A short period of rest or relief from something difficult or unpleasant.
“the refugee encampments will provide some respite from the suffering”
Synonyms: rest, break, creating space, interval, intermission, interlude, recess, lull, pause, time out, hiatus, halt, stop, stoppage, cessation, discontinuation, standstill”

Make sure you get respite for yourself and take a break away from your situation

  • Depending on where you live, some organisations have respite centres or volunteers who will come and sit with the patient while you, the carer, get a break. It is possible  you may have to pay someone to do this service; please do so as your health and well being  if you do not get a regular break
  • It is vital that you continue doing some of the activities you enjoyed before you became a carer
  • Socialising with friends may continue but you also need to do this alone, and without the person, you are caring for
  • In most relationships, people meet friends apart, without their partners to catch up over coffee, drinks, dinner etc. If you are caring for your partner, it is essential that you continue doing this and not feel any guilt because you wish to do so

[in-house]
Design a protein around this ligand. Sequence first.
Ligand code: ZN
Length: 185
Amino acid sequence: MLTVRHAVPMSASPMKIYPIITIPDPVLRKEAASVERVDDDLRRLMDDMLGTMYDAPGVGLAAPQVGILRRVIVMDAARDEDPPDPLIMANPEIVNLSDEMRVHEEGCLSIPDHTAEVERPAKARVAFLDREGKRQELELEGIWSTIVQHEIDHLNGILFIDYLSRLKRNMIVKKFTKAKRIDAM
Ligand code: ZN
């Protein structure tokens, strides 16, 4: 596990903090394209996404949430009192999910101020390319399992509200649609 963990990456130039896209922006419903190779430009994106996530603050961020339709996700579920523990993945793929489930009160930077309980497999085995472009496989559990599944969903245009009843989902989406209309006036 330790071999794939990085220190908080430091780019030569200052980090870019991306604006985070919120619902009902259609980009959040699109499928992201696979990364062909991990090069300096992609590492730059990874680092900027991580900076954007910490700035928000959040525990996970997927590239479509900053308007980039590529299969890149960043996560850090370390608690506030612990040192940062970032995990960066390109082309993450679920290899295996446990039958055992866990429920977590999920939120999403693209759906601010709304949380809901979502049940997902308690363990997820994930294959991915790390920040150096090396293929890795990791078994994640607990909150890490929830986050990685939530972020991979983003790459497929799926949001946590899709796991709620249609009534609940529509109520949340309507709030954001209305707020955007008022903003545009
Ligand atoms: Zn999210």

• I would recommend that you schedule regular ‘ME TIME’ away. Anticipation for the time away may help you cope when things do not run as smoothly as you would like
  • Catching up with friends and meeting new people who do not know your situation gives you a gloriously feeling of ‘normality’. It will recharge your batteries and help greatly with your ability to cope with the situation at home. Ask your friends not to mention your situation when they introduce you to new people so that you can have an opportunity to be yourself and not just ‘X’s carer’. Of course, when you are comfortable, you can mention what you do. I, personally, found it tedious to have to spend my valuable free time talking about the very thing I was trying to get away from
  • Having a day off from cooking, cleaning and general housework activities can be fun and does not need to be expensive to do.
  • Have a picnic in the local park, beach or on top of a hill looking down at the world
  • Take a train or bus ride to somewhere you haven’t been before
  • Try to make this a regular thing,  getting out and about gives you and your patient something to talk about
  • I acknowledge that preparing a disabled person to go on an outing can be hard work but give it a try and see if the benefits make it worthwhile 
  • Don’t stop playing sport, painting, craft activities, walking, fishing and doing those activities that you enjoy

If you feel you are struggling and things begin to overwhelm you please contact one of these organisations as they have highly skilled people who can assist you.